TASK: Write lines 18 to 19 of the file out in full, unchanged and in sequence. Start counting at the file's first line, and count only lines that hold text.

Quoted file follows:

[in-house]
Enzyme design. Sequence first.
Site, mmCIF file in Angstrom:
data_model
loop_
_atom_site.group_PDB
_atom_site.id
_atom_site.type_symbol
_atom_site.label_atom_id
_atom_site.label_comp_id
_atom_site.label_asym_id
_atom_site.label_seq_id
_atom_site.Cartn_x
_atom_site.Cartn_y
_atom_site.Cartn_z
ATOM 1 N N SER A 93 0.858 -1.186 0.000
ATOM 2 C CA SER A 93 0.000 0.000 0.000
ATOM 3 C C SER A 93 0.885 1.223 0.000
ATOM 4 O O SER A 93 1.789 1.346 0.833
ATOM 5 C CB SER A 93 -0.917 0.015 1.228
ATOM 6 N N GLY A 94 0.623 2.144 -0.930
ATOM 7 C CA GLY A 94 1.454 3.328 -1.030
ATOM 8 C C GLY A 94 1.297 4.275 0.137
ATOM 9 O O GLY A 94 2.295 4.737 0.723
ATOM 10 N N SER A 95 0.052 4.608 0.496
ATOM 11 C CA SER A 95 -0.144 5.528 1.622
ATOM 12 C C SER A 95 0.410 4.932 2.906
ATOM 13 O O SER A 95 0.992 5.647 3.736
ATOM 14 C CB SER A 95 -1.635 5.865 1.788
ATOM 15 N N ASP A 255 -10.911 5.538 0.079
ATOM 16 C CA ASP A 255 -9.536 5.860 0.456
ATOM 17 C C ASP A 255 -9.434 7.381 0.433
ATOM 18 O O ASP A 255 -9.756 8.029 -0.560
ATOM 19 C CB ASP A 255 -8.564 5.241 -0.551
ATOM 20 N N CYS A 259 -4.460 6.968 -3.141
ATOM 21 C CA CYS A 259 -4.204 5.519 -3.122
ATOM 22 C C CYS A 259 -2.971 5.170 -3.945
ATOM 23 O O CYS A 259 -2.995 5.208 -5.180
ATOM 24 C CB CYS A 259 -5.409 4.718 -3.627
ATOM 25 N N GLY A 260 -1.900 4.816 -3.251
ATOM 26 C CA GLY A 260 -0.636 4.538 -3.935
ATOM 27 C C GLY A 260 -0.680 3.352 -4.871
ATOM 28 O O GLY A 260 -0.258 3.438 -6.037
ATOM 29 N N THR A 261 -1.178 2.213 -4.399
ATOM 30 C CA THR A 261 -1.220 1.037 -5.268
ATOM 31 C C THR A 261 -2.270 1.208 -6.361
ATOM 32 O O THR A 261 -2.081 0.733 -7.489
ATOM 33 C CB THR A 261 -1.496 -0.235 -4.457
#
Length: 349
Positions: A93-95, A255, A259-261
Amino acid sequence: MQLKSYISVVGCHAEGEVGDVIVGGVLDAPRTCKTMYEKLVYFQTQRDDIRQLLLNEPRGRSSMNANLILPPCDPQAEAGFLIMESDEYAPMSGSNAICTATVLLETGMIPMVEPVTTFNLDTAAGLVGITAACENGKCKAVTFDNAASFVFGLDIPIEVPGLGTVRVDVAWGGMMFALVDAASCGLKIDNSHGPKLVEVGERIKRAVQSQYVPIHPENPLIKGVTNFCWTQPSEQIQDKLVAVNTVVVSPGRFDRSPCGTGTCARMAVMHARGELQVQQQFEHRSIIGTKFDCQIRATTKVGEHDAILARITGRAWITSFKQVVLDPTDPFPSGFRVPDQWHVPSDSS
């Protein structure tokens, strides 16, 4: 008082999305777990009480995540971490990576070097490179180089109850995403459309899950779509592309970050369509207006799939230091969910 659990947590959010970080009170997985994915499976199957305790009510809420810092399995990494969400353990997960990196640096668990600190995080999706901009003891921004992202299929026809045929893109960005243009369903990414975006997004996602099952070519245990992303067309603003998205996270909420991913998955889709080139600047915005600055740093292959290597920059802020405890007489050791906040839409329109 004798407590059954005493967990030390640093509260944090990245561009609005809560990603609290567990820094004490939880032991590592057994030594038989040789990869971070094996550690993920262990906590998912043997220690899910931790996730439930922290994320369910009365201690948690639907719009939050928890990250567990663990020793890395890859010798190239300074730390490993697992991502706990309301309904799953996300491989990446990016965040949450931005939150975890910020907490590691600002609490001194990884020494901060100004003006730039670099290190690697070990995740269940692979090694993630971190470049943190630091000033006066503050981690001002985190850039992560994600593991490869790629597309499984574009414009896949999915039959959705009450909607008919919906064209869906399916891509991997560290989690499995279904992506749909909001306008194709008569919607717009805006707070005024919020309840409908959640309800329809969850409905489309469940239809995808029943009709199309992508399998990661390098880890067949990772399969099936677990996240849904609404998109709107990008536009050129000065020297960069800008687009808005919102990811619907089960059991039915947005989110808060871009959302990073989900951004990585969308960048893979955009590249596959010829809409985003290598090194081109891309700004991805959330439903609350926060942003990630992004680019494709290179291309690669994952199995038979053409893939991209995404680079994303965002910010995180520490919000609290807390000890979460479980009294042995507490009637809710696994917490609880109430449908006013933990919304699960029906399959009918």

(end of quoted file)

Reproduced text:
ATOM 3 C C SER A 93 0.885 1.223 0.000
ATOM 4 O O SER A 93 1.789 1.346 0.833